Britain now held an empty land, Acadia, that needed populating. Veterans of the war were offered land grants. My ancestor, Benjamin Allen, was among these. Families from the other American colonies were given incentives to resettle. These were known as the New England Planters, although not all were from what is now considered New England. A German immigrant named Mathias Somers was recruited by land agents in Pennsylvania. There was an influx from Yorkshire, followed by the Loyalists, refugees of the American Revolution. The colony of New Brunswick was carved out of Nova Scotia.
Benjamin Allen was a mild-mannered fellow, known to his acquaintances as Shy Ben. He was a bachelor farmer at Baie Verte up to the age of 35. It's said that he attended a dance at Fort Cumberland--the former Fort Beauséjour--on New Year's Eve of 1771. Having had a bit much to drink, he stood up and said, "I am in dire need of a wife. Who will have me?" Sarah Somers, daughter of Mathias, was standing nearby. It's easy to believe that Sarah, a sharp-tongued young woman with reputation for pugnacity, thought she might not ever again have an opening like that. "I'll have you, Ben," she said. Legend has it that they were married on the spot. Sarah was a month short of her eighteenth birthday. If there was any remorse the next morning, there is no record of it. The twelve children Ben and Sarah raised would seem to argue otherwise.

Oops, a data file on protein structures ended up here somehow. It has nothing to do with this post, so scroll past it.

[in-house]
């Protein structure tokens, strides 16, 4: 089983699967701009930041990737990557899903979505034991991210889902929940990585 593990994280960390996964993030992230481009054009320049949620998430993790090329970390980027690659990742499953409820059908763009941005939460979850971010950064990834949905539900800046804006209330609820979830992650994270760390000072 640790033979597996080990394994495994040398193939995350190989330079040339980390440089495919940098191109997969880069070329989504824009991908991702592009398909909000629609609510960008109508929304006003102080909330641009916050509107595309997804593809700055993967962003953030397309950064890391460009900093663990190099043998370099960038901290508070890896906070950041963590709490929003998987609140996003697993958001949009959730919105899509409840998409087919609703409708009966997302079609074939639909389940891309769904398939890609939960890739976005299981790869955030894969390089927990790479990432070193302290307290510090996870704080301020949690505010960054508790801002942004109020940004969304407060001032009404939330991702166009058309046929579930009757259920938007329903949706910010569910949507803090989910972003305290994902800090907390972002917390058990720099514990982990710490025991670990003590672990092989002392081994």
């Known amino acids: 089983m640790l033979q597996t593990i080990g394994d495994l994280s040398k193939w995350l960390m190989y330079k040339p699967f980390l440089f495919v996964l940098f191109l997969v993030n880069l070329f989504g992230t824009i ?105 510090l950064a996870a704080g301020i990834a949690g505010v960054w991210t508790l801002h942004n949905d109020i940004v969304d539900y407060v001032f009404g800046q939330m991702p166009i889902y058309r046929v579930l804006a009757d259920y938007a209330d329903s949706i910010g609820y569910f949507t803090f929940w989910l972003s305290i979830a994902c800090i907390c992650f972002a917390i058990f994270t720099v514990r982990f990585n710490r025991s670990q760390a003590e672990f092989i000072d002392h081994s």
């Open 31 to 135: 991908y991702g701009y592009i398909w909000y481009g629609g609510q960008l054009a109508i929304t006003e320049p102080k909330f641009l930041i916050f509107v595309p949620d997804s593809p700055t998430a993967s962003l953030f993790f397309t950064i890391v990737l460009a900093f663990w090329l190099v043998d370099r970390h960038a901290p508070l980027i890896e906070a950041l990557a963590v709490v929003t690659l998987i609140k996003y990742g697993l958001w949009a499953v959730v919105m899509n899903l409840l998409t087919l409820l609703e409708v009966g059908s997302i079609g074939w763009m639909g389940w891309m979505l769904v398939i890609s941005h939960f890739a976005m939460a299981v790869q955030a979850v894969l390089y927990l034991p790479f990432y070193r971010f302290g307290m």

I leave Beauséjour and take a roundabout route back to Sackville, wandering some dirt roads across the meadows. After resting a while back at my room, I'm just thinking of looking for some dinner when I realize that the sky has cleared, with slightly less than an hour to sunset. Dash back to Beauséjour and run around the fort, retaking all the same photos I took earlier. As the sun dips behind the New Brunswick hills, I feel pretty lucky. Often enough, the next chance to get better photos is a year away, or several years, if it comes at all.